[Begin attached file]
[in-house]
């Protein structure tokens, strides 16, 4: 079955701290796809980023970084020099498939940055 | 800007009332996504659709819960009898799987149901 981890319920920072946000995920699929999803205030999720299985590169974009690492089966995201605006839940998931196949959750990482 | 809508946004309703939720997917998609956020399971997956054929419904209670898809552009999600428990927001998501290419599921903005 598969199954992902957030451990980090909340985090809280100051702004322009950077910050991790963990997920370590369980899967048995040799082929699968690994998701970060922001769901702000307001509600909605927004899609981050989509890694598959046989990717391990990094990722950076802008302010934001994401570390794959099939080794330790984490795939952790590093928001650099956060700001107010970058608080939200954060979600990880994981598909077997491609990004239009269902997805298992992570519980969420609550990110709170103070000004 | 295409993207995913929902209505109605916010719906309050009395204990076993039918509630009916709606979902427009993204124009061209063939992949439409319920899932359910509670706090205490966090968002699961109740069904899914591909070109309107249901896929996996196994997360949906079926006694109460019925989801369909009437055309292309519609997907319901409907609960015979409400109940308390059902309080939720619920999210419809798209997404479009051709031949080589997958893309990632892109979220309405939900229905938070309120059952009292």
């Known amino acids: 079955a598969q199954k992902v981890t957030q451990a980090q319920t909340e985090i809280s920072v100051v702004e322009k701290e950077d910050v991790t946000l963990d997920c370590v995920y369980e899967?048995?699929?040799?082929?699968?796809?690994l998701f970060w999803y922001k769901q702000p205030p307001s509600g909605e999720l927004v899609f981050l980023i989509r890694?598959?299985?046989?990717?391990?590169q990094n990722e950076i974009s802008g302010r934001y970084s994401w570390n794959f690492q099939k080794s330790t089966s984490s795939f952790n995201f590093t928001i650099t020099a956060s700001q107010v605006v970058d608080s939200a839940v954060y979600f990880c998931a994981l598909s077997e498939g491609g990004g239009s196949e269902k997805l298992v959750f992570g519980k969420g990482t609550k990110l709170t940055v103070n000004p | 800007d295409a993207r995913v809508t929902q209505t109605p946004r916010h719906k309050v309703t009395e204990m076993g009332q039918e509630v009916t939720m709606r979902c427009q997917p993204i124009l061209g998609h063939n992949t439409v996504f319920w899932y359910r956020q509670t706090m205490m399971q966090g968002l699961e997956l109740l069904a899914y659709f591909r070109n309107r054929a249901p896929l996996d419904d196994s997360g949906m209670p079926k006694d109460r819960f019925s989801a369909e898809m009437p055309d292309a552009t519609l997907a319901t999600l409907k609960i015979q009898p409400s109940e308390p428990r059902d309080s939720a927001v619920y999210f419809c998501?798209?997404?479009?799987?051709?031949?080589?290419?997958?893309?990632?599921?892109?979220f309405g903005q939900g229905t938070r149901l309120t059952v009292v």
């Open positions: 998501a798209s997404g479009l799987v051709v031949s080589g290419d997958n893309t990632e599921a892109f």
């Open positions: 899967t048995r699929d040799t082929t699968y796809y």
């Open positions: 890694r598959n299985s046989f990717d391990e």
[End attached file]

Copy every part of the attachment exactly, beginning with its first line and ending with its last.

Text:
[in-house]
């Protein structure tokens, strides 16, 4: 079955701290796809980023970084020099498939940055 | 800007009332996504659709819960009898799987149901 981890319920920072946000995920699929999803205030999720299985590169974009690492089966995201605006839940998931196949959750990482 | 809508946004309703939720997917998609956020399971997956054929419904209670898809552009999600428990927001998501290419599921903005 598969199954992902957030451990980090909340985090809280100051702004322009950077910050991790963990997920370590369980899967048995040799082929699968690994998701970060922001769901702000307001509600909605927004899609981050989509890694598959046989990717391990990094990722950076802008302010934001994401570390794959099939080794330790984490795939952790590093928001650099956060700001107010970058608080939200954060979600990880994981598909077997491609990004239009269902997805298992992570519980969420609550990110709170103070000004 | 295409993207995913929902209505109605916010719906309050009395204990076993039918509630009916709606979902427009993204124009061209063939992949439409319920899932359910509670706090205490966090968002699961109740069904899914591909070109309107249901896929996996196994997360949906079926006694109460019925989801369909009437055309292309519609997907319901409907609960015979409400109940308390059902309080939720619920999210419809798209997404479009051709031949080589997958893309990632892109979220309405939900229905938070309120059952009292």
């Known amino acids: 079955a598969q199954k992902v981890t957030q451990a980090q319920t909340e985090i809280s920072v100051v702004e322009k701290e950077d910050v991790t946000l963990d997920c370590v995920y369980e899967?048995?699929?040799?082929?699968?796809?690994l998701f970060w999803y922001k769901q702000p205030p307001s509600g909605e999720l927004v899609f981050l980023i989509r890694?598959?299985?046989?990717?391990?590169q990094n990722e950076i974009s802008g302010r934001y970084s994401w570390n794959f690492q099939k080794s330790t089966s984490s795939f952790n995201f590093t928001i650099t020099a956060s700001q107010v605006v970058d608080s939200a839940v954060y979600f990880c998931a994981l598909s077997e498939g491609g990004g239009s196949e269902k997805l298992v959750f992570g519980k969420g990482t609550k990110l709170t940055v103070n000004p | 800007d295409a993207r995913v809508t929902q209505t109605p946004r916010h719906k309050v309703t009395e204990m076993g009332q039918e509630v009916t939720m709606r979902c427009q997917p993204i124009l061209g998609h063939n992949t439409v996504f319920w899932y359910r956020q509670t706090m205490m399971q966090g968002l699961e997956l109740l069904a899914y659709f591909r070109n309107r054929a249901p896929l996996d419904d196994s997360g949906m209670p079926k006694d109460r819960f019925s989801a369909e898809m009437p055309d292309a552009t519609l997907a319901t999600l409907k609960i015979q009898p409400s109940e308390p428990r059902d309080s939720a927001v619920y999210f419809c998501?798209?997404?479009?799987?051709?031949?080589?290419?997958?893309?990632?599921?892109?979220f309405g903005q939900g229905t938070r149901l309120t059952v009292v």
């Open positions: 998501a798209s997404g479009l799987v051709v031949s080589g290419d997958n893309t990632e599921a892109f």
């Open positions: 899967t048995r699929d040799t082929t699968y796809y």
């Open positions: 890694r598959n299985s046989f990717d391990e």